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versión impresa ISSN 0327-9545

Biocell v.28 n.3 Mendoza ago./dic. 2004


Protein detection in spermatids and spermatozoa of the butterfly Euptoieta hegesia (Lepidoptera)

Karina Mancini and Heidi Dolder

Departamento de Biologia Celular, Instituto de Biologia, Universidade Estadual de Campinas, Campinas/SP, Brasil.

Address correspondence to: Dra. Karina Mancini. Departamento de Biología Celular, Instituto de Biología, CP 6109, Universidade Estadual de Campinas. 13084-971, Campinas/SP, BRASIL. FAX: (+55-19) 37886111. E-mail: or

ABSTRACT: This study was undertaken to detect protein components in both sperm types of the butterfly Euptoieta hegesia. These spermatozoa possess complex extracellular structures for which the composition and functional significance are still unclear. In the apyrene sperm head, the proteic cap presented an external ring and an internal dense content; basic proteins were detected only in external portions. In the tail, the paracrystalline core of mitochondrial derivatives and the axoneme are rich in proteins. The extratesticular spermatozoa are covered by a proteic coat, which presented two distinct layers. In eupyrene spermatozoa, acrosome and nucleus were negatively stained, probably because of their high compaction. In the tail, there is no paracrystalline core and the axoneme presented a very specific reaction for basic proteins. The lacinate and reticular appendages are composed of cylindrical sub-units and presented a light reaction to E-PTA and a strong reaction to tannic acid. A complex proteic coat also covers the extratesticular spermatozoa. We found similarities between both extratesticular coats, indicating a possible common origin. Both spermatozoon types are rich in proteins, especially the eupyrene appendages and the extratesticular coats. We believe that both coats are related to the sperm maturation and capacitation processes.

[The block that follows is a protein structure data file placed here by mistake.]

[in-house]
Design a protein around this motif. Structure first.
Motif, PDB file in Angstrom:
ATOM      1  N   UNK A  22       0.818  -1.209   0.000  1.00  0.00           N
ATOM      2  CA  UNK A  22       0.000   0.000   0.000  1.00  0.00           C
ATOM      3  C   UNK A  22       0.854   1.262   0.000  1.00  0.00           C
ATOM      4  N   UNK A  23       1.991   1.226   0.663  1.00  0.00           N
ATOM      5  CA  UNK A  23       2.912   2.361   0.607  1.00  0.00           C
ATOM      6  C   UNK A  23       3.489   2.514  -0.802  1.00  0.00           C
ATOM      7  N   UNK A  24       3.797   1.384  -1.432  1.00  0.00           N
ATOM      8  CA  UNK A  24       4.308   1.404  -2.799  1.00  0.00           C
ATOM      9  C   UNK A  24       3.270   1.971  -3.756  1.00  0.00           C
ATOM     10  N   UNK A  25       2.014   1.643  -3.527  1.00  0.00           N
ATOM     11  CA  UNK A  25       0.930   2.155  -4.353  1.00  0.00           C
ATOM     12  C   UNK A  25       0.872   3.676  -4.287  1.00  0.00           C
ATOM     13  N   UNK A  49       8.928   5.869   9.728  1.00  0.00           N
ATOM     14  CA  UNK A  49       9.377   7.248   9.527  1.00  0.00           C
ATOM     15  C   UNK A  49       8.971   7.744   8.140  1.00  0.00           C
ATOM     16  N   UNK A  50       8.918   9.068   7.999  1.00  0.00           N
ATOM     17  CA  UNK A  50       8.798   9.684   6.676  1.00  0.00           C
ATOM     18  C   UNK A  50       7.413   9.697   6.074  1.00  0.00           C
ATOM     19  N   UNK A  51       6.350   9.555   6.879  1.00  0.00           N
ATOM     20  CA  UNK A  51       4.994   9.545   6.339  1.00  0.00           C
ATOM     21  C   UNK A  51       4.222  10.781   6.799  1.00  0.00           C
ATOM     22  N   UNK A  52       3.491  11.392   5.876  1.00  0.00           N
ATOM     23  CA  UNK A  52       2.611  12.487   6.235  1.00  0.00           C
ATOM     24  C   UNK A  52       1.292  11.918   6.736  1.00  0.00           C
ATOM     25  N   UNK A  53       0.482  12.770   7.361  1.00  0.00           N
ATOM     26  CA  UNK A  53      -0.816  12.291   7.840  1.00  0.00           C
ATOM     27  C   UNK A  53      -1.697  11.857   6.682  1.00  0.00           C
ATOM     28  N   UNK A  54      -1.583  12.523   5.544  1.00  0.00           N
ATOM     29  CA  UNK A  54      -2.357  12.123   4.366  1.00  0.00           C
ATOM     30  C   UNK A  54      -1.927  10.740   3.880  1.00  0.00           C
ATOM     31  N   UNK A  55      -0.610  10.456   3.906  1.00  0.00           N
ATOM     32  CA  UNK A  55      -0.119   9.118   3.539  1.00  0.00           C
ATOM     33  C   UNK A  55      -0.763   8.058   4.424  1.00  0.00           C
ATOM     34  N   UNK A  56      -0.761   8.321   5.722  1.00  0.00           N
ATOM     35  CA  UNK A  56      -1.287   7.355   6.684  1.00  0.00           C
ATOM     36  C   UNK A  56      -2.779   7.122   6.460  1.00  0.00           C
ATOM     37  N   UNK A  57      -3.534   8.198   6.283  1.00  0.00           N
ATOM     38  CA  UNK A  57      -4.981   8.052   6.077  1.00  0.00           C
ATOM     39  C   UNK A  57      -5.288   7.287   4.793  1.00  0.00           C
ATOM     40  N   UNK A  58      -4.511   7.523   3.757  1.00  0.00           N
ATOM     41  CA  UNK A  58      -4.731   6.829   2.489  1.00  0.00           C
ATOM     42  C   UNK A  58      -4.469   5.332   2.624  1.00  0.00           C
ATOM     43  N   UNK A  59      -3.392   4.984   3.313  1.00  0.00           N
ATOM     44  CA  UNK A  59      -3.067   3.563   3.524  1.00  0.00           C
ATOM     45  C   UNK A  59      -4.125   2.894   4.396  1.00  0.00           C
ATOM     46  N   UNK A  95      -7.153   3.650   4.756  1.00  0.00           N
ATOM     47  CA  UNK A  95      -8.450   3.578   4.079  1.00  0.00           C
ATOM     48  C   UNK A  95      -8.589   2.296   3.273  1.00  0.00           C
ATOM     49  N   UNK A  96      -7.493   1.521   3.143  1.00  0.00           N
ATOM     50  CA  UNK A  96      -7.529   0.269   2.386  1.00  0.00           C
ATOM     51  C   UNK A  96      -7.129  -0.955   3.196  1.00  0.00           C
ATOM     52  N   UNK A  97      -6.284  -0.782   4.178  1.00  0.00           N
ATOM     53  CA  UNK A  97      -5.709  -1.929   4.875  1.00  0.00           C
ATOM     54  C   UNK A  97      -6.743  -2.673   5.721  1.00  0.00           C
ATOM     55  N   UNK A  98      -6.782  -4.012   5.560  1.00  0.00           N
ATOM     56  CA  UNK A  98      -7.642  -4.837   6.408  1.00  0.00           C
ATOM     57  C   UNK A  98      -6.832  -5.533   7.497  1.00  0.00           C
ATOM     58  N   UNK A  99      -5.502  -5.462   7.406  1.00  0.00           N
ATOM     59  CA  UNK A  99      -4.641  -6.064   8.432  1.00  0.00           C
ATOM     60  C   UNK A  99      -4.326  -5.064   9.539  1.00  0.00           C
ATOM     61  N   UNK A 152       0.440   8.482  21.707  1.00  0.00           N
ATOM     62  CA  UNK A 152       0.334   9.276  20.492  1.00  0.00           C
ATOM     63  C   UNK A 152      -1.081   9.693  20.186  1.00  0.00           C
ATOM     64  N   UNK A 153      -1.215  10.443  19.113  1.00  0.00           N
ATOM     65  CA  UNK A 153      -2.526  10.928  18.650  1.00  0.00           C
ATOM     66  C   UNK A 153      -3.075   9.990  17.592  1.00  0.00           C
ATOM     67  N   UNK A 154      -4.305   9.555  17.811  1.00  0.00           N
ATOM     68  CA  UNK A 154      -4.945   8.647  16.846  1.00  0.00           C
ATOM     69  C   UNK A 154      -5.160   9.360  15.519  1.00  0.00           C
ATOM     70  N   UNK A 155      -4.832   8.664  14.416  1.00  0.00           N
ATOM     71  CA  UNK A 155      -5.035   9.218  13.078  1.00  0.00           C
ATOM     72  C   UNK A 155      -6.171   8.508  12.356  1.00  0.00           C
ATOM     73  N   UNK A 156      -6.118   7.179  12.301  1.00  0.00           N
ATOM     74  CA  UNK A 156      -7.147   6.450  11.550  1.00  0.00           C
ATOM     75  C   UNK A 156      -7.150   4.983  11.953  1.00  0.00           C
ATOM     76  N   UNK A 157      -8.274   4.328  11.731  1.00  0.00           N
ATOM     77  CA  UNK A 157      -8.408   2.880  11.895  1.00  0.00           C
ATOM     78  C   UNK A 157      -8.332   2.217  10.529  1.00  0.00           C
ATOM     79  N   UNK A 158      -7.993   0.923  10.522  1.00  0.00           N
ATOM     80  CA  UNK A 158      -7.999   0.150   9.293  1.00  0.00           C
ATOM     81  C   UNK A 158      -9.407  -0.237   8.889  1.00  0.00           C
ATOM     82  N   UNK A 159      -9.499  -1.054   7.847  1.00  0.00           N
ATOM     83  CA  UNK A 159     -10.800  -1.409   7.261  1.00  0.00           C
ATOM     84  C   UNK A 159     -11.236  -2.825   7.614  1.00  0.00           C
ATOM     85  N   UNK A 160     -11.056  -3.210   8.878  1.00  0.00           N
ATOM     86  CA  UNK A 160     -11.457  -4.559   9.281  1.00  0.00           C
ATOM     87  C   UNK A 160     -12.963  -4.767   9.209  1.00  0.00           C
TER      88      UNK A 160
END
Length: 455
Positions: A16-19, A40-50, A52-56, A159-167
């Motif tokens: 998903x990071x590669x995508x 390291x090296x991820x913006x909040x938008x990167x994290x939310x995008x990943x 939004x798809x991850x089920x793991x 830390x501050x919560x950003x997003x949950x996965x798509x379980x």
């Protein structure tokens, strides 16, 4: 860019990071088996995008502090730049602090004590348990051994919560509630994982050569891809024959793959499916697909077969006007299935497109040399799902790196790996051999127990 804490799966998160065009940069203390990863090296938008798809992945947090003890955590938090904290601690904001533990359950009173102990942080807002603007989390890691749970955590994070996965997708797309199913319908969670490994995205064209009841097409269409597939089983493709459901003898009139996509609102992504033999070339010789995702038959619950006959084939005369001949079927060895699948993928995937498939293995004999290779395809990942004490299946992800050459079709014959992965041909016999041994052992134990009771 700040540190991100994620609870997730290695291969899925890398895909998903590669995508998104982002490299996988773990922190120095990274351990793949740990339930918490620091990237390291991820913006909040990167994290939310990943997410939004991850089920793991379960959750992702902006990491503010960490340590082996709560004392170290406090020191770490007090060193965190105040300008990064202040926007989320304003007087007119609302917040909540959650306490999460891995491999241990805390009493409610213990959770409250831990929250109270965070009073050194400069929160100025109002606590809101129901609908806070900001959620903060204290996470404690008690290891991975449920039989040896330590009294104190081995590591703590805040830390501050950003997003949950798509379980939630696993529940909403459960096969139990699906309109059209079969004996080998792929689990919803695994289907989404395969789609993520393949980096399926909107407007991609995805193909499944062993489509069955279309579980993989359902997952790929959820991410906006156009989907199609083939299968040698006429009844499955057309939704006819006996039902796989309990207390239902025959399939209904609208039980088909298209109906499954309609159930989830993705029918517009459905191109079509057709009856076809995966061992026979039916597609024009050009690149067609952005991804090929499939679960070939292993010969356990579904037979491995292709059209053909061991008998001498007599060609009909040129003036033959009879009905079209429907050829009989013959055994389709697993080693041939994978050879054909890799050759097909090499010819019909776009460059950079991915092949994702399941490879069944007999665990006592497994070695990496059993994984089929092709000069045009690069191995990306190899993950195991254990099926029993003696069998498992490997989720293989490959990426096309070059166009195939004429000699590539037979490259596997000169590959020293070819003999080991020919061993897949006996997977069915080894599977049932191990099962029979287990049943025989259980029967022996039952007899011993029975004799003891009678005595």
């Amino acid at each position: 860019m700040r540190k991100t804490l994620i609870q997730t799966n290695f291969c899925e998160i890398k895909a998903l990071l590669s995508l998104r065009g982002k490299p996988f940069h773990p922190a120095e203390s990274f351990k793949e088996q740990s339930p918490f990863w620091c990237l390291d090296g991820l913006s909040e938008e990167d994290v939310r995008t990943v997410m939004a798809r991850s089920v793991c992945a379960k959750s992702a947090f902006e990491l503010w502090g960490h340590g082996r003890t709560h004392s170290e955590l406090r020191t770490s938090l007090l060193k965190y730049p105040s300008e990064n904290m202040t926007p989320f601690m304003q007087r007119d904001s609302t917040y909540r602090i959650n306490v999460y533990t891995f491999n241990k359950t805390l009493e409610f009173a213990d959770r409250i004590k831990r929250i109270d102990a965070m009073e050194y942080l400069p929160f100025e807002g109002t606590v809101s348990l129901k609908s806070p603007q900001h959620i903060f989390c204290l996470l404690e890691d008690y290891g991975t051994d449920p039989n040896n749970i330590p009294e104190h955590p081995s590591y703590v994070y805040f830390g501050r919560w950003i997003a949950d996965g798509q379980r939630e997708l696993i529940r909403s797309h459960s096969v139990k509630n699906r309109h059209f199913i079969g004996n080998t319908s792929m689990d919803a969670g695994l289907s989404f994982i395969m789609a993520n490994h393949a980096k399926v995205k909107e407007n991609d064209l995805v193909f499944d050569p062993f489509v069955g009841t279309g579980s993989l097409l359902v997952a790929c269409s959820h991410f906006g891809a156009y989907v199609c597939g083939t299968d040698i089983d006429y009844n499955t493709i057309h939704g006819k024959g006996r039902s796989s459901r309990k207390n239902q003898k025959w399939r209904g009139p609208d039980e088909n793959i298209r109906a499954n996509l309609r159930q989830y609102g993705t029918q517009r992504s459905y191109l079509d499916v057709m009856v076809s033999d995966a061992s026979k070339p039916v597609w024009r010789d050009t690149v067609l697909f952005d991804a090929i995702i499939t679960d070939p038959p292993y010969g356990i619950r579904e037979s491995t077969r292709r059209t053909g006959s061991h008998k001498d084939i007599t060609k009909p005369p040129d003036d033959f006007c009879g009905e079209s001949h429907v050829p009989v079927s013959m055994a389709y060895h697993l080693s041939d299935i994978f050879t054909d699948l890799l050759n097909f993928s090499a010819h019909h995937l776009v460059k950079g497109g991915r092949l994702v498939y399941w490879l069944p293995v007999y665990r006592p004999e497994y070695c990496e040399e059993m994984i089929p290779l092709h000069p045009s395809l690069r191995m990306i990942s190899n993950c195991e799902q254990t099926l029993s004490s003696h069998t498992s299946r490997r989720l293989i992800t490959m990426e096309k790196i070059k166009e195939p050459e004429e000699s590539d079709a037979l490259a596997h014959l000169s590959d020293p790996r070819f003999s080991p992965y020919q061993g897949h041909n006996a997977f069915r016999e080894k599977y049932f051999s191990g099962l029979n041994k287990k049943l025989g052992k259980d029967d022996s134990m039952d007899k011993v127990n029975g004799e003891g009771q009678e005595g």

Key words: ultrastructure, protein, apyrene, eupyrene.


Butterflies and moths produce two sperm types, the eupyrene and apyrene ones, which are formed in different stages of testicular development. However, they can be found simultaneously in the imago (Leviatan and Friedländer, 1979; Friedländer and Benz, 1981; Katsuno, 1989).
The apyrene spermatozoa are devoid of a nucleus and the anterior end is composed only of a dense cap (Phillips, 1971; Friedländer and Gitay, 1972; Medeiros and Silveira, 1996; Mancini and Dolder, 2001a, 2004). Eupyrene spermatozoa, however, present a typical head, consisting in a tubular acrosome and nucleus (Lai-Fook, 1982; Kubo-Irie et al., 1998; Mancini and Dolder, 2004). Two mitochondrial derivatives and a 9+9+2 axoneme constitute the organelles of the flagella of both sperm types.
In eupyrene spermatozoa, there are two types of extracellular appendages attached to the membrane, called lacinate and reticular, which extend along the entire sperm length (Phillips, 1970; Leviatan and Friedländer, 1979; Mancini and Dolder, 2001b, 2004). Both sperm types undergo several morphological changes after they leave the testis. The apyrene spermatozoa acquire several concentric layers while eupyrene ones acquire a complex coat and lose their lacinate appendages (Phillips, 1971; Riemann and Thorson, 1971; Lai-Fook, 1982; Kubo-Irie et al., 1998; Mancini and Dolder, 2003).